QUINCY — Kim Abbott wears her feelings on her sleeve, especially when it comes to dirt-track racing.
“It is sad … and it’s also pretty depressing,” said Abbott, the only female track champion in the long and storied history of Quincy Raceways, which for the second straight year sits idle at its familiar 8000 Broadway outpost.
Abbott, the only female driver to win a track championship at the Broadway Bullring, is like others these days. The Camp Point resident is not only frustrated about not being able to race on her home track, but extremely dispirited having to watch its slow and painful demise.
Grass and weeds have grown over what used to be .29-mile racing surface. Plenty of work now needs to be done to the entire facility if it is ever to open again. And that’s a mighty big “if.”
Paul Holtschlag, a Quincy businessman who owns the 28.5-acre property, has admitted he has been frustrated himself trying to find a buyer. He has worked with several different potential individuals and/or groups over the past year, but to no avail.
“There’s no news on the track,” said Holtschlag via text to the Muddy River News (Holtschlag, whohas been involved with track ownership as far back as 2009,is currently out of town).
Pat Dunker, a longtime fan and supporter of the track who also drover a hobby stock for a few years, says he, too, is extremely disappointed.
“I think it’s over,” he said. “I hope I’m wrong, but I don’t think we’ll ever see racing there again.”
There has been no racing at the track since 2019, the final season Jason Goble served as operator. Jason Goble and Robert Goble bought the track through a contract for deed late in the 2017 season from Holtschlag, who said he served as the “bank” for the transaction. In 2020, Jason Goble, who operated the track by himself in 2018 and 2019, asked to be released from the contract for deed agreement and Holtschlag agreed.
Quincy Raceways was unable to open in 2020 due to COVID-19 restrictions, and Goble eventually went to work helping operate the Randolph County Raceway near Moberly, Mo. Goble did not return phone calls earlier this year and his current whereabouts are not known.
Holtschlag has not revealed what the current asking price for the Quincy Raceways property is, but previously said the land had been appraised at $325,000 in 2012. That figure did not include any of the structures, equipment, etc., that would be part of any sale. Holtschlag has repeatedly said he prefers to sell to a buyer wishing to keep dirt-track racing alive. The last resort could ultimately find Quincy Raceways going to the auction block.
Holtschlag has repeatedly said he no longer has the time to devote to the track, having business interests in both West-Central Illinois and Northeast Missouri.
Until the past two years, the track had been an integral part of the region’s spring, summer and early autumn culture since 1975. On many of the Sunday nights when it hosted weekly shows, especially up to about 10 years ago, it served as the second-largest “city” in Adams County. Regular turnouts of 3,000 to 4,000 onlookers overflowed the bleacher area at the track. In recent years, crowds had dwindled to an average of about 1,000.
When the track was unable to open in 2020, that snapped an uninterrupted string of 45 years of dirt-track racing at the site.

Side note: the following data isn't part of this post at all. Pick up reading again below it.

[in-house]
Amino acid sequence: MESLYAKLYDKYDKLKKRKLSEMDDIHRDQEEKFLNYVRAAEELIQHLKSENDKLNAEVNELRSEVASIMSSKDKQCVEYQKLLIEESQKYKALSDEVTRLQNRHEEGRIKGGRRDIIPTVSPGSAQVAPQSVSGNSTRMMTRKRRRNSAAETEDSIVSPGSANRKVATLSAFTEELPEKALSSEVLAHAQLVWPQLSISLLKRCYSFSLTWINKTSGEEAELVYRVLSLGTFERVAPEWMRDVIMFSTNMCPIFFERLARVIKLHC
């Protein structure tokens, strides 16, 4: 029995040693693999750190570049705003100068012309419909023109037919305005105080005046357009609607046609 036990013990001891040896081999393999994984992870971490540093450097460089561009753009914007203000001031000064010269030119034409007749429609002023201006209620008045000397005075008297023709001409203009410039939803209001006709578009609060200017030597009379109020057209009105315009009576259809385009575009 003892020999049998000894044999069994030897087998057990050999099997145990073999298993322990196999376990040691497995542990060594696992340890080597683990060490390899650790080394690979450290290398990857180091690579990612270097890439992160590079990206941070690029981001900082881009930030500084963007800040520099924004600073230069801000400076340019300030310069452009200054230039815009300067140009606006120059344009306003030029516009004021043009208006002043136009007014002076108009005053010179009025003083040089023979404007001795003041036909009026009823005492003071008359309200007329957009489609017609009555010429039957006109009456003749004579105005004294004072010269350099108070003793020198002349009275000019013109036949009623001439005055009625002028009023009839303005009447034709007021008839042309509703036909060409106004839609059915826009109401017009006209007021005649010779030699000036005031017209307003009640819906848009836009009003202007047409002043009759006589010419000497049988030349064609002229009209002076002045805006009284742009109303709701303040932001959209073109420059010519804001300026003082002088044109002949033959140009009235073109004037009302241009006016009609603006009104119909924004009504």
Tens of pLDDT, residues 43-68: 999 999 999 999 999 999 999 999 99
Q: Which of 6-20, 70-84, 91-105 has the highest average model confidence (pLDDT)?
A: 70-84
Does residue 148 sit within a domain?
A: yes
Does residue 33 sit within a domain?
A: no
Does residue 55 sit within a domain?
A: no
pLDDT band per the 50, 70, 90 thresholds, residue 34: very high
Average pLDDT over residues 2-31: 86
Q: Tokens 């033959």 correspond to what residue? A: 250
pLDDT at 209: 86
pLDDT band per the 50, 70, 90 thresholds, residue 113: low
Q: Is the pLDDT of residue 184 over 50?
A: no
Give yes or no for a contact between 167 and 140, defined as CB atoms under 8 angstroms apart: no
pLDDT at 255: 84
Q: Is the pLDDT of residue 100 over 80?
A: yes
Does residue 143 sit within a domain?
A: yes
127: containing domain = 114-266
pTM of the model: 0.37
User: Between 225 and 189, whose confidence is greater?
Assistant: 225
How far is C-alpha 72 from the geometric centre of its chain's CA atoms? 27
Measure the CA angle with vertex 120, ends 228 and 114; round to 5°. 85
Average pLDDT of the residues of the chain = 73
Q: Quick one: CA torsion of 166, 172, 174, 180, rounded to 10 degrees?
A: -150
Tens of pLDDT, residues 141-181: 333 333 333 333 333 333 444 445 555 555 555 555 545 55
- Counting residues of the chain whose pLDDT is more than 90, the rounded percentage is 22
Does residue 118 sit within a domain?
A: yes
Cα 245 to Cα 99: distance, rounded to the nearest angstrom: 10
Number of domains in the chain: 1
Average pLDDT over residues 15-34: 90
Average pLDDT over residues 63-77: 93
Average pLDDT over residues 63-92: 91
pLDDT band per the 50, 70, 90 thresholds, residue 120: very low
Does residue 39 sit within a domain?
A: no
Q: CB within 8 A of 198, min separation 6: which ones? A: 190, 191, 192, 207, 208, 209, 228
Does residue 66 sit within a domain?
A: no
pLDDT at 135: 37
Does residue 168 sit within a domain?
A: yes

“We always knew where we would be on Sunday nights,” Dunker said. “We knew if it was Sunday, we would be at the track. I made a ton of friends through that track.”
Abbott said she has been surprised that someone or some group has not stepped forward to buy the track. She said she can still remember how she felt when 2020 rolled on without any racing — and then this year the same same scenario was repeated.
“I think it caught everyone off guard, it’s just sad,” Abbott said. “The only place I race now is Friday nights at Donnellson (Iowa). Quincy was the only Sunday night track in the region.”
The Albert Scott family built and developed Quincy Raceways in the early-to-mid 1970s, eventually selling the track in early 2007. Since then, seven different individuals or groups owned and/or operated the facility. (The late Albert Scott, who died at age 87 in August 2000, founded the the track and was directly involved in its operation until three years before his passing.)
Kenny Dobson of Jacksonville, Ill., ran the track from 2014-17 for Holtschlag, who served as owner, and was arguably the most successful post-Scott era operator of the Bullring. But he has no desire to do so again.
“I just can’t commit to spending Sundays away from home all day and all night, plus the time is takes during the week,” said Dobson, the longtime operator of Jacksonville Speedway. “We really enjoyed our time running Quincy Raceways and all the great people we met there.”
Dobson said family and other business commitments prevent from trying to oversee two tracks again.
“Running Jacksonville Speedway, which is less than a quarter of a mile from my home, is plenty for this old man,” Dobson said.
The rich history of Quincy Raceways was punctuated by a corps of its most familiar and successful drivers over the past quarter of a century, most notably Mark Burgtorf and Hank DeLonjay. Burgtorf won 16 late model championships and DeLonjay 13 in the modified and sportsman divisions. Will there ever again be the opportunity to add to those kinds of memories?
“Hopefully, there is a bored millionaire somewhere looking to buy a race track,” Dunker said.Hopefully, is obviously the operative word.
QUINCY RACEWAYSOWNERSHIP TIMELINE
1975-93: Albert Scott
1993-2007: Bob Scott
2007-09: Tony Rhinberger-Mike Karhoff
2008-09: Tony Rhingerger
2009-11: Tony Rhinberger-Paul Holtschlag
2011-14: Paul Holtschlag-Bob Rhinberger
2014-17: Kenny Dobson, operaor (Holtschlag owner
)2017: Jason Goble-Robert Goble
2018-19: Jason Goble
2020-2021: Track has been closed